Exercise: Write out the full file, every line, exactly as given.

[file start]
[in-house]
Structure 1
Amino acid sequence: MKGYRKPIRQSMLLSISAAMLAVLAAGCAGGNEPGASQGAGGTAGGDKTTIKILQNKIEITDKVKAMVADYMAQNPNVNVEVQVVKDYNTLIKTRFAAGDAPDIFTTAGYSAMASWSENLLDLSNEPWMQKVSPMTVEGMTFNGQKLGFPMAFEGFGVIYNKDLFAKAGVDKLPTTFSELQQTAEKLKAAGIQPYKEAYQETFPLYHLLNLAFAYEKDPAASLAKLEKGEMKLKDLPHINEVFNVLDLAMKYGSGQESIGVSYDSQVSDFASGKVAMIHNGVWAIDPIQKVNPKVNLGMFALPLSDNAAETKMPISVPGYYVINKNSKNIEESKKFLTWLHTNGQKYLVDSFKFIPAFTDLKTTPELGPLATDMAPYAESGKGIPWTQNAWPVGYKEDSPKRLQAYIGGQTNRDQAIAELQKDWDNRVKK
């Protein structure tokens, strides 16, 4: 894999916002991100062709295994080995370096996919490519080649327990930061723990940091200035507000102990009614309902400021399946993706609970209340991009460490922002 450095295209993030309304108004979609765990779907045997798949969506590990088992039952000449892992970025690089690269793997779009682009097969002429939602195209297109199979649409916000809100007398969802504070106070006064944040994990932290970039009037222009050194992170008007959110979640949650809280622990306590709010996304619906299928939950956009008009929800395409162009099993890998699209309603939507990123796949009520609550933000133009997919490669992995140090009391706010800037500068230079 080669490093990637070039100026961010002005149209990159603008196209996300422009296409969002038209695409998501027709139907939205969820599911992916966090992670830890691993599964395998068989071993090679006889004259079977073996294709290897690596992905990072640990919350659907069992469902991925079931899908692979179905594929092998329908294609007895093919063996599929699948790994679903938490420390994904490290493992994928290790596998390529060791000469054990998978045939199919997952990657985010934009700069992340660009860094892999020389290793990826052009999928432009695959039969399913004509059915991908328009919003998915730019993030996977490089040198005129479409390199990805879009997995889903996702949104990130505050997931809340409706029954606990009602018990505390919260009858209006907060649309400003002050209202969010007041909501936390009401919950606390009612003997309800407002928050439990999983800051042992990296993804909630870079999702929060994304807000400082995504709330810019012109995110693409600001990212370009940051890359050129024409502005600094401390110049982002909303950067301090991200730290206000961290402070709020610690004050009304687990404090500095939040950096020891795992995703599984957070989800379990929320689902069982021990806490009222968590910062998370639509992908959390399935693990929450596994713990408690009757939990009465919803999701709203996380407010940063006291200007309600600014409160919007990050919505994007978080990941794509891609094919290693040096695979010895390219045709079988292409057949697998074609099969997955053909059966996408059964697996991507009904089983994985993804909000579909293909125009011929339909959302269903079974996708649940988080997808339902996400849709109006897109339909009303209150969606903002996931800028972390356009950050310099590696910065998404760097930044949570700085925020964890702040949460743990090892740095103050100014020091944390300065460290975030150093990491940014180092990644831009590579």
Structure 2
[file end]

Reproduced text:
[in-house]
Structure 1
Amino acid sequence: MKGYRKPIRQSMLLSISAAMLAVLAAGCAGGNEPGASQGAGGTAGGDKTTIKILQNKIEITDKVKAMVADYMAQNPNVNVEVQVVKDYNTLIKTRFAAGDAPDIFTTAGYSAMASWSENLLDLSNEPWMQKVSPMTVEGMTFNGQKLGFPMAFEGFGVIYNKDLFAKAGVDKLPTTFSELQQTAEKLKAAGIQPYKEAYQETFPLYHLLNLAFAYEKDPAASLAKLEKGEMKLKDLPHINEVFNVLDLAMKYGSGQESIGVSYDSQVSDFASGKVAMIHNGVWAIDPIQKVNPKVNLGMFALPLSDNAAETKMPISVPGYYVINKNSKNIEESKKFLTWLHTNGQKYLVDSFKFIPAFTDLKTTPELGPLATDMAPYAESGKGIPWTQNAWPVGYKEDSPKRLQAYIGGQTNRDQAIAELQKDWDNRVKK
């Protein structure tokens, strides 16, 4: 894999916002991100062709295994080995370096996919490519080649327990930061723990940091200035507000102990009614309902400021399946993706609970209340991009460490922002 450095295209993030309304108004979609765990779907045997798949969506590990088992039952000449892992970025690089690269793997779009682009097969002429939602195209297109199979649409916000809100007398969802504070106070006064944040994990932290970039009037222009050194992170008007959110979640949650809280622990306590709010996304619906299928939950956009008009929800395409162009099993890998699209309603939507990123796949009520609550933000133009997919490669992995140090009391706010800037500068230079 080669490093990637070039100026961010002005149209990159603008196209996300422009296409969002038209695409998501027709139907939205969820599911992916966090992670830890691993599964395998068989071993090679006889004259079977073996294709290897690596992905990072640990919350659907069992469902991925079931899908692979179905594929092998329908294609007895093919063996599929699948790994679903938490420390994904490290493992994928290790596998390529060791000469054990998978045939199919997952990657985010934009700069992340660009860094892999020389290793990826052009999928432009695959039969399913004509059915991908328009919003998915730019993030996977490089040198005129479409390199990805879009997995889903996702949104990130505050997931809340409706029954606990009602018990505390919260009858209006907060649309400003002050209202969010007041909501936390009401919950606390009612003997309800407002928050439990999983800051042992990296993804909630870079999702929060994304807000400082995504709330810019012109995110693409600001990212370009940051890359050129024409502005600094401390110049982002909303950067301090991200730290206000961290402070709020610690004050009304687990404090500095939040950096020891795992995703599984957070989800379990929320689902069982021990806490009222968590910062998370639509992908959390399935693990929450596994713990408690009757939990009465919803999701709203996380407010940063006291200007309600600014409160919007990050919505994007978080990941794509891609094919290693040096695979010895390219045709079988292409057949697998074609099969997955053909059966996408059964697996991507009904089983994985993804909000579909293909125009011929339909959302269903079974996708649940988080997808339902996400849709109006897109339909009303209150969606903002996931800028972390356009950050310099590696910065998404760097930044949570700085925020964890702040949460743990090892740095103050100014020091944390300065460290975030150093990491940014180092990644831009590579």
Structure 2